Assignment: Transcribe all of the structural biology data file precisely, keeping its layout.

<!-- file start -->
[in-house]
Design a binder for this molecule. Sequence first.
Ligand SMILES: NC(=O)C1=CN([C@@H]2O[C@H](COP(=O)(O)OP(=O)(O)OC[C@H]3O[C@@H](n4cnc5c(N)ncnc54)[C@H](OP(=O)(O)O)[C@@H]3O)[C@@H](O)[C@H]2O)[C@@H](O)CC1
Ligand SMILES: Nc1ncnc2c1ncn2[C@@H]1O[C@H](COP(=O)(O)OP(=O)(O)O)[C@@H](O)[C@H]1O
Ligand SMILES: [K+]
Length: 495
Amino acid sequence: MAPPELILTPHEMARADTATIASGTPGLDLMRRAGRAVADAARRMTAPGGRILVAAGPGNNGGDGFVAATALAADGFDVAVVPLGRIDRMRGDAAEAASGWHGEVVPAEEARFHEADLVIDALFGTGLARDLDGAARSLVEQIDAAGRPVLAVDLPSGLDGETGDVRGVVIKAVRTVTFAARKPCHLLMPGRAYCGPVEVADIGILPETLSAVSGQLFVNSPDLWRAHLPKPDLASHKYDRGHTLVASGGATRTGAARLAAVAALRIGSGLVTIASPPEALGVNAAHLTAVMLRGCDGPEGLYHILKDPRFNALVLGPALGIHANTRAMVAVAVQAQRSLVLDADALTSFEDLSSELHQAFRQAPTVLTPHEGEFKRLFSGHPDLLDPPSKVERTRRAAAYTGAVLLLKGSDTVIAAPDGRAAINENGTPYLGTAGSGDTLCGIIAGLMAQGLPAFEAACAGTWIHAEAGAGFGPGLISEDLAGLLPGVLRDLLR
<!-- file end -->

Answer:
[in-house]
Design a binder for this molecule. Sequence first.
Ligand SMILES: NC(=O)C1=CN([C@@H]2O[C@H](COP(=O)(O)OP(=O)(O)OC[C@H]3O[C@@H](n4cnc5c(N)ncnc54)[C@H](OP(=O)(O)O)[C@@H]3O)[C@@H](O)[C@H]2O)[C@@H](O)CC1
Ligand SMILES: Nc1ncnc2c1ncn2[C@@H]1O[C@H](COP(=O)(O)OP(=O)(O)O)[C@@H](O)[C@H]1O
Ligand SMILES: [K+]
Length: 495
Amino acid sequence: MAPPELILTPHEMARADTATIASGTPGLDLMRRAGRAVADAARRMTAPGGRILVAAGPGNNGGDGFVAATALAADGFDVAVVPLGRIDRMRGDAAEAASGWHGEVVPAEEARFHEADLVIDALFGTGLARDLDGAARSLVEQIDAAGRPVLAVDLPSGLDGETGDVRGVVIKAVRTVTFAARKPCHLLMPGRAYCGPVEVADIGILPETLSAVSGQLFVNSPDLWRAHLPKPDLASHKYDRGHTLVASGGATRTGAARLAAVAALRIGSGLVTIASPPEALGVNAAHLTAVMLRGCDGPEGLYHILKDPRFNALVLGPALGIHANTRAMVAVAVQAQRSLVLDADALTSFEDLSSELHQAFRQAPTVLTPHEGEFKRLFSGHPDLLDPPSKVERTRRAAAYTGAVLLLKGSDTVIAAPDGRAAINENGTPYLGTAGSGDTLCGIIAGLMAQGLPAFEAACAGTWIHAEAGAGFGPGLISEDLAGLLPGVLRDLLR